Casting of original stars and newcomers wisely keeps the focus on the blockbuster brand
“The casting for this new film is perfect from a commercial standpoint,” BoxOffice.com Vice President and Senior Analyst Phil Contrino told TheWrap.
Disney, Lucasfilm and director J.J. Abrams on Tuesday said that the stars of the original film — Harrison Ford, Mark Hamill, Carrie Fisher — will be joined by newcomers Oscar Isaac, Adam Driver, John Boyega, Daisy Ridley, Andy Serkis, Domhnall Gleeson and Max von Sydow.
“Bringing back the original cast is brilliant, because it cements the link with the franchise’s incredible legacy, and so is going without A-list actors in the new roles, because it keeps the focus on the brand,” Contrino said.
Even if hardcore fans of the franchise aren’t totally happy with the casting picks, the excitement surrounding them could help build momentum — which is already at fever pitch.
“It’s a time-honored tradition for fans of that series to complain about George Lucas and any number of other things surrounding the franchise — and then they go to see the movies five times,” Contrino said.
James Cameron‘s “Titanic” and “Avatar” are the highest-grossing movies ever at the worldwide box office. The romantic sea disaster epic brought in $2.1 billion in 1997, a record that stood until the futuristic 3D sci-fi saga rolled up a staggering $2.7 billion in 2009.
Disney, which was radio silent on Tuesday, will want to manage expectations for “Episode VII.” And it’s worth noting that forecasting box-office returns on a movie more than a year-and-a-half-ahead of its release involves more speculation than data analysis.
Wall Street analysts at this point aren’t as bullish; last summer, Credit Suisse’s Michael Senn predicted $1.2 billion in box office for “Episode VII. This week, Cowan & Co. projected $1.2 billion and FBR Capital Markets said it would take in $700 million domestically — and net $1 billion overseas.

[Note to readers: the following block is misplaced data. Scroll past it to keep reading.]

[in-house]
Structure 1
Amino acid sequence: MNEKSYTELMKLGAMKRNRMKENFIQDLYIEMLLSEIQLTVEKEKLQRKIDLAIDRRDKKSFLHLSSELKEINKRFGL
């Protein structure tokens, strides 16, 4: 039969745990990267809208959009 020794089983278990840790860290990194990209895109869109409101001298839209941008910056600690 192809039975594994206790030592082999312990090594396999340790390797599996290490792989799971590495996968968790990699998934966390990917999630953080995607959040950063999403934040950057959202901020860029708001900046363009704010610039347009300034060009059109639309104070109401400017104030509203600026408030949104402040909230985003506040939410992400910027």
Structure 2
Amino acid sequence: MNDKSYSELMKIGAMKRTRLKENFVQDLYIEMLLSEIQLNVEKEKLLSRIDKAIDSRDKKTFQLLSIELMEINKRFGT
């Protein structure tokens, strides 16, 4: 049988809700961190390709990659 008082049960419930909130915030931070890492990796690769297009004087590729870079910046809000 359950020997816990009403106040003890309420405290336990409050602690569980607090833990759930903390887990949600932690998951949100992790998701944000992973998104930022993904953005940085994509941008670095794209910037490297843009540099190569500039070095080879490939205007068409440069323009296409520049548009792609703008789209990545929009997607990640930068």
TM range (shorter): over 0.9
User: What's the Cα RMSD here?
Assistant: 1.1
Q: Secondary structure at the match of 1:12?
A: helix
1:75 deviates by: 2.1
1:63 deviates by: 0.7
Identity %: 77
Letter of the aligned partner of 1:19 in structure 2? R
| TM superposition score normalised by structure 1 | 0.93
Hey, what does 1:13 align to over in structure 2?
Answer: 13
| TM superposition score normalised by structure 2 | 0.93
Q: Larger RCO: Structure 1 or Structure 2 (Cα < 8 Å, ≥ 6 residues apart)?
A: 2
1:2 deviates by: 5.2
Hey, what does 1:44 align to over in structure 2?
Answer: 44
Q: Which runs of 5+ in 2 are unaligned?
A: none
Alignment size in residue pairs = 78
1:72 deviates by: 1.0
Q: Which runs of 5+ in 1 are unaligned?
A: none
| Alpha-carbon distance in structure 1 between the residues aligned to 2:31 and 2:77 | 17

Nonetheless, industry analysts are convinced that the sequel will be one for the record books.
Keeping the focus on the brand is just what Disney needs to do if they want “Star Wars: Episode VII” to hit record heights, agreed Rentrak Senior Media Analyst Paul Dergarabedian.
“We’re talking about what, for many people, is the biggest movie brand in their lifetimes, one that evokes all sorts of memories, imagery — and box-office expectations,” he said.
Since “A New Hope” opened in 1977, the six previous “Star Wars” movies and their re-releases have brought in more than $4.5 billion — but no film in the series has hit the $1 billion mark. That’s not surprising; “Titanic” is the only movie released before 2009 on the Top 10 list. The highest-grossing entry in the “Star Wars” series remains “Episode I: The Phantom Menace,” which took in $983 million globally in 1999.
“It clearly has a built-in audience, but how the movie is received will make a difference,” Contrino said. “If it’s really good, some people are going to go see it several times. If it’s not, that won’t happen.”
The box office is a high-profile piece of the franchise’s overall value, but it’s far from being the only factor. With returns from DVDs, books and toy sales factored in, the series has generated more than $27 billion in revenue, according to the research institute Statistic Brain.
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Even by “Star Wars” standards, the anticipation around “Episode VII” is unprecedented, Dergarabedian said.
“A few years ago, people thought they’d never see a new ‘Star Wars’ movie, much less a full-fledged franchise,” he said. Disney chairman Robert Iger has said the studio is planning on several more “Stars Wars” movies in the coming years.
The North American release date for “Episode VII” — Dec. 18, 2015 — is the same date that “Avatar” opened on five years ago.
“That’s significant, and ideal,” Contrino said. “It will surely have a huge opening, but it will also have the whole month of January to keep on playing. I can’t imagine a lot of other studios are going to get in its way.”
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That’s a formula “Avatar” followed to its record haul, establishing new standards for the highest-grossing third-through-seventh weekends domestically. And after just 41 days in release, “Avatar” had established new records in 24 foreign markets.
“With the incredible growth of the foreign markets, I think the sky is the limit this time around,” said Contrino.
“Phantom Menace” is the biggest earning film of franchise overseas with $552 million, which represented roughly 56 percent of its worldwide haul. Largely due to the explosive growth of the foreign markets, today’s biggest blockbusters typically bring in roughly 70 percent of their grosses from overseas.